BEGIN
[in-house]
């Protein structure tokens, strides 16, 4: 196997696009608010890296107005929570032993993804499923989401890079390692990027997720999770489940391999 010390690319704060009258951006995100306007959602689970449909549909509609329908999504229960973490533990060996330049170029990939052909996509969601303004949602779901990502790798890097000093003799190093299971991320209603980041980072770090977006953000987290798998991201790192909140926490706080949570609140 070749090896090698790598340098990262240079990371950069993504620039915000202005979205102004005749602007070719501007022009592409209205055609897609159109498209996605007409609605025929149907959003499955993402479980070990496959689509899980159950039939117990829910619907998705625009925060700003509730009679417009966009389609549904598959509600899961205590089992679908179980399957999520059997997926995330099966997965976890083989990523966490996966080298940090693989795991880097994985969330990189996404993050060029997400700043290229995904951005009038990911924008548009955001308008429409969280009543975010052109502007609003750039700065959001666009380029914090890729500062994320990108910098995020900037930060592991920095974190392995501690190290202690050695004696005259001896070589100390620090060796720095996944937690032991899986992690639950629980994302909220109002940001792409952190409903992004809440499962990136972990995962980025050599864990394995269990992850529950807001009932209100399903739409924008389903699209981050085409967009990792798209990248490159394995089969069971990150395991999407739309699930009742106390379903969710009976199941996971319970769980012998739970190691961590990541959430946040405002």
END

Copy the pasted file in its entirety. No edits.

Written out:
[in-house]
């Protein structure tokens, strides 16, 4: 196997696009608010890296107005929570032993993804499923989401890079390692990027997720999770489940391999 010390690319704060009258951006995100306007959602689970449909549909509609329908999504229960973490533990060996330049170029990939052909996509969601303004949602779901990502790798890097000093003799190093299971991320209603980041980072770090977006953000987290798998991201790192909140926490706080949570609140 070749090896090698790598340098990262240079990371950069993504620039915000202005979205102004005749602007070719501007022009592409209205055609897609159109498209996605007409609605025929149907959003499955993402479980070990496959689509899980159950039939117990829910619907998705625009925060700003509730009679417009966009389609549904598959509600899961205590089992679908179980399957999520059997997926995330099966997965976890083989990523966490996966080298940090693989795991880097994985969330990189996404993050060029997400700043290229995904951005009038990911924008548009955001308008429409969280009543975010052109502007609003750039700065959001666009380029914090890729500062994320990108910098995020900037930060592991920095974190392995501690190290202690050695004696005259001896070589100390620090060796720095996944937690032991899986992690639950629980994302909220109002940001792409952190409903992004809440499962990136972990995962980025050599864990394995269990992850529950807001009932209100399903739409924008389903699209981050085409967009990792798209990248490159394995089969069971990150395991999407739309699930009742106390379903969710009976199941996971319970769980012998739970190691961590990541959430946040405002």